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April 21, 2015 / 2 Iyar, 5775
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The Case For Manners In Shidduchim


A friend of mine called me recently on her way home from a date. It was 11:30 p.m., and she was walking home from the subway, a 20-minute walk from her home. She said that she had a pleasant time, but was surprised when her date walked her to the subway at the end of the evening and said good night at 11 p.m. “Doesn’t he realize that at this late hour he should be escorting me home?” she cried.

The young man was apparently unaware that he was not displaying the best manners in casually walking his date to a subway station late at night, instead of seeing her safely to her door. Yet this lack of etiquette is unfortunately all too common in today’s dating world.

Another example occurred recently when I set up a young man on a shidduch date. I personally knew him to be bright, good-hearted and open-minded. I was therefore surprised when he called me after his phone call with the prospective date and bluntly told me, “She’s not my type.” He wanted to cancel their plans to meet.

His major concern was that she did not have an appreciation for his favorite genre of music. He said, “I can just tell that she’s not for me. I’m so burnt out lately from dating. I can’t put myself through this.” I empathized with his situation, but I asked him to consider what this would feel like to his date. Perhaps she too has gone through many disappointing experiences lately, and his cancellation would just add to her disillusionment. Despite this, he couldn’t bring himself to go through with the date. Thus I was given the unfortunate task of relaying the news to this girl, who had been looking forward to meeting him.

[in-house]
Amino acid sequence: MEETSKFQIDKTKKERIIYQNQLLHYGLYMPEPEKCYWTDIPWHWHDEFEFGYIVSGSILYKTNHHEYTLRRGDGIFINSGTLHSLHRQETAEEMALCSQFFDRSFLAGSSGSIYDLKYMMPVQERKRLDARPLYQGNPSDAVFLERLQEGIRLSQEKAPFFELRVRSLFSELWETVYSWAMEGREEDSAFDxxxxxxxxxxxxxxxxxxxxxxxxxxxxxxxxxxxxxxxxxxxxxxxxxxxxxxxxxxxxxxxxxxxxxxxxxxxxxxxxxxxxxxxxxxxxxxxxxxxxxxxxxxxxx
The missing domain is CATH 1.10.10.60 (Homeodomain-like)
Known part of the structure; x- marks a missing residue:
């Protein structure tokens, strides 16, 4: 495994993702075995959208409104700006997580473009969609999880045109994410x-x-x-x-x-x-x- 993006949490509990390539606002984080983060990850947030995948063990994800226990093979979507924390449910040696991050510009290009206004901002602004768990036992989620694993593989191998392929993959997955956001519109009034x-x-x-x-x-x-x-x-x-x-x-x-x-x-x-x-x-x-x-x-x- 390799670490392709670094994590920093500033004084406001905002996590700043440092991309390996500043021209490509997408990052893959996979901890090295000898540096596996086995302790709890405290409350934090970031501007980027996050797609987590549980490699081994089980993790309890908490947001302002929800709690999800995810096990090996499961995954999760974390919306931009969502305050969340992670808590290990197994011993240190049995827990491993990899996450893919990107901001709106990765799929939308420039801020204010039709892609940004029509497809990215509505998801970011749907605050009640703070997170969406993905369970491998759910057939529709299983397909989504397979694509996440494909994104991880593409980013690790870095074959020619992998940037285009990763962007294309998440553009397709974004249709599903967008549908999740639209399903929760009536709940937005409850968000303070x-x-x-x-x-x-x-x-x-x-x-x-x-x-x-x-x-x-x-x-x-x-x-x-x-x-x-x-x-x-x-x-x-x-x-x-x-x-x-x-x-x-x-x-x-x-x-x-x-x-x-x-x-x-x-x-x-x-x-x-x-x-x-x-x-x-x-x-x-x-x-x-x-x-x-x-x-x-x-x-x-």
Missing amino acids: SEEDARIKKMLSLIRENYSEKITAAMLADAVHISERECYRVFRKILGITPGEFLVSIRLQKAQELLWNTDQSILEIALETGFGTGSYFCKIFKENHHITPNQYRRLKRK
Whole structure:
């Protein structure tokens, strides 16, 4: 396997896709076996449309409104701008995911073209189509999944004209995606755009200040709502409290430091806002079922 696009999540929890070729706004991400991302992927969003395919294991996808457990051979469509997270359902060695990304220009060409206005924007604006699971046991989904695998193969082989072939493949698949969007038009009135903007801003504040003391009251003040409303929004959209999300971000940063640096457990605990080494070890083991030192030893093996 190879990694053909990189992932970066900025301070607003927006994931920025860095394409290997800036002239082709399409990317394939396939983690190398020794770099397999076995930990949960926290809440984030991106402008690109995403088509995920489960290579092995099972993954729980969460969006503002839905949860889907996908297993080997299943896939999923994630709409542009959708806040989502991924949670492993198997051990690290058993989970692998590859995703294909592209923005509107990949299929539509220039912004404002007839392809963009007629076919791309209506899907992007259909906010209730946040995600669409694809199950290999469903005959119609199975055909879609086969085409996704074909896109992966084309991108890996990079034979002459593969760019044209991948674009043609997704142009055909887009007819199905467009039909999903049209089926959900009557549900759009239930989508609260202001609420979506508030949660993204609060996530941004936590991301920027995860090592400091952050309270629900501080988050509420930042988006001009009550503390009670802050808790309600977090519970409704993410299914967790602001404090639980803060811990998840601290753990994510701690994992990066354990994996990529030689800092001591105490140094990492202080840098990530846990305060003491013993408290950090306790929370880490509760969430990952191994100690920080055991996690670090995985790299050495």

What Went Wrong?

From the many stories that I have heard, it seems that some men and women are engaging in apparently inconsistent behaviors when it comes to their dating lives. While most are considerate and fine people, when it comes to dating some singles have become so desensitized and self-protective that they are, simply put, not minding their manners.

Some of the most common offenses I have come across lately are:

About the Author: Tzivy Ross Reiter, LCSW-R, is a Director at Ohel Bais Ezra and an advisor to Building Blocks Magazine. She has written extensively about issues related to developmental disabilities and mental health. She is also the author of “Briefcases & Baby Bottles: The Working Mother’s Guide to Nurturing a Jewish Home; Feldheim, 2012.”


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A friend of mine called me recently on her way home from a date. It was 11:30 p.m., and she was walking home from the subway, a 20-minute walk from her home. She said that she had a pleasant time, but was surprised when her date walked her to the subway at the end of the evening and said good night at 11 p.m. “Doesn’t he realize that at this late hour he should be escorting me home?” she cried.

“I feel mad because my brother is always breaking my things.”

“I wish things weren’t always so hard for him.”

“I feel both happy and sad that she is my sister.”

Printed from: http://www.jewishpress.com/sections/family/marriage-relationships/the-case-for-manners-in-shidduchim/2009/04/29/

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